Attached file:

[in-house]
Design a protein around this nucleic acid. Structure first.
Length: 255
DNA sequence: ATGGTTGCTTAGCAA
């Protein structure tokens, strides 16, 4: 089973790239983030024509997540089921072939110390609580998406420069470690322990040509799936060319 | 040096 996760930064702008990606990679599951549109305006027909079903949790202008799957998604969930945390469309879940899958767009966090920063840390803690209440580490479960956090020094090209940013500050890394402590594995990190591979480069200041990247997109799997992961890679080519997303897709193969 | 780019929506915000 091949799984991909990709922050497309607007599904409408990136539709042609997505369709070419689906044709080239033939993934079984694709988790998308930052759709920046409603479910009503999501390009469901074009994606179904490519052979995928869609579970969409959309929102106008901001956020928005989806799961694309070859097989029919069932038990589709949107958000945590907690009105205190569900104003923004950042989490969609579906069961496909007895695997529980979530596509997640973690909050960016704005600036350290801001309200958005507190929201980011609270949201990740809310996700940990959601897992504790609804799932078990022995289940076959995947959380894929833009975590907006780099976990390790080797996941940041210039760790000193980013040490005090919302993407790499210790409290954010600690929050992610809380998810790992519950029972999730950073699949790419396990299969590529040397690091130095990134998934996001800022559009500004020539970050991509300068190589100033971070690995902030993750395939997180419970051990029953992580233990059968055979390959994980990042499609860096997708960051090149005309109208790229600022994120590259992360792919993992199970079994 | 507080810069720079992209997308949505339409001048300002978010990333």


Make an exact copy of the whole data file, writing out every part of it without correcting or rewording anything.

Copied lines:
[in-house]
Design a protein around this nucleic acid. Structure first.
Length: 255
DNA sequence: ATGGTTGCTTAGCAA
């Protein structure tokens, strides 16, 4: 089973790239983030024509997540089921072939110390609580998406420069470690322990040509799936060319 | 040096 996760930064702008990606990679599951549109305006027909079903949790202008799957998604969930945390469309879940899958767009966090920063840390803690209440580490479960956090020094090209940013500050890394402590594995990190591979480069200041990247997109799997992961890679080519997303897709193969 | 780019929506915000 091949799984991909990709922050497309607007599904409408990136539709042609997505369709070419689906044709080239033939993934079984694709988790998308930052759709920046409603479910009503999501390009469901074009994606179904490519052979995928869609579970969409959309929102106008901001956020928005989806799961694309070859097989029919069932038990589709949107958000945590907690009105205190569900104003923004950042989490969609579906069961496909007895695997529980979530596509997640973690909050960016704005600036350290801001309200958005507190929201980011609270949201990740809310996700940990959601897992504790609804799932078990022995289940076959995947959380894929833009975590907006780099976990390790080797996941940041210039760790000193980013040490005090919302993407790499210790409290954010600690929050992610809380998810790992519950029972999730950073699949790419396990299969590529040397690091130095990134998934996001800022559009500004020539970050991509300068190589100033971070690995902030993750395939997180419970051990029953992580233990059968055979390959994980990042499609860096997708960051090149005309109208790229600022994120590259992360792919993992199970079994 | 507080810069720079992209997308949505339409001048300002978010990333």